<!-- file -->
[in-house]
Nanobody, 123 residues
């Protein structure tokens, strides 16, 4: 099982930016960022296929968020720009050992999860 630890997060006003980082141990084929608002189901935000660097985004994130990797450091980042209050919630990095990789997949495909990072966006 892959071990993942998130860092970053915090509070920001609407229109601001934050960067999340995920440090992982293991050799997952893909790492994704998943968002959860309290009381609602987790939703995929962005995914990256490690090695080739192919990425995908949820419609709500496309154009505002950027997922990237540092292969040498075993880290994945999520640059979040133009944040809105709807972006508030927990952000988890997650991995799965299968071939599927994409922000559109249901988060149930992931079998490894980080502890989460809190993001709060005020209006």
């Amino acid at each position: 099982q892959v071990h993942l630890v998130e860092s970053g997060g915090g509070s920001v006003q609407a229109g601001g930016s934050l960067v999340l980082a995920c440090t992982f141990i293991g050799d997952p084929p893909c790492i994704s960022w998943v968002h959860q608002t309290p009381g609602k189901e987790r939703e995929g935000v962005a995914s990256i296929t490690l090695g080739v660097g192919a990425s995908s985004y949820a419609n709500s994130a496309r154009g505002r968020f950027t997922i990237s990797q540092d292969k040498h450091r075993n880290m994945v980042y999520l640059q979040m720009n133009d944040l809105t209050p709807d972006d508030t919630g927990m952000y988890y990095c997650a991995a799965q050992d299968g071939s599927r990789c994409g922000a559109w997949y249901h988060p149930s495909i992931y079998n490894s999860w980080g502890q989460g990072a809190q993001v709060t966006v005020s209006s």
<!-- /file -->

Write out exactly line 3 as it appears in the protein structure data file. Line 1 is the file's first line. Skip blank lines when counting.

């Protein structure tokens, strides 16, 4: 099982930016960022296929968020720009050992999860 630890997060006003980082141990084929608002189901935000660097985004994130990797450091980042209050919630990095990789997949495909990072966006 892959071990993942998130860092970053915090509070920001609407229109601001934050960067999340995920440090992982293991050799997952893909790492994704998943968002959860309290009381609602987790939703995929962005995914990256490690090695080739192919990425995908949820419609709500496309154009505002950027997922990237540092292969040498075993880290994945999520640059979040133009944040809105709807972006508030927990952000988890997650991995799965299968071939599927994409922000559109249901988060149930992931079998490894980080502890989460809190993001709060005020209006």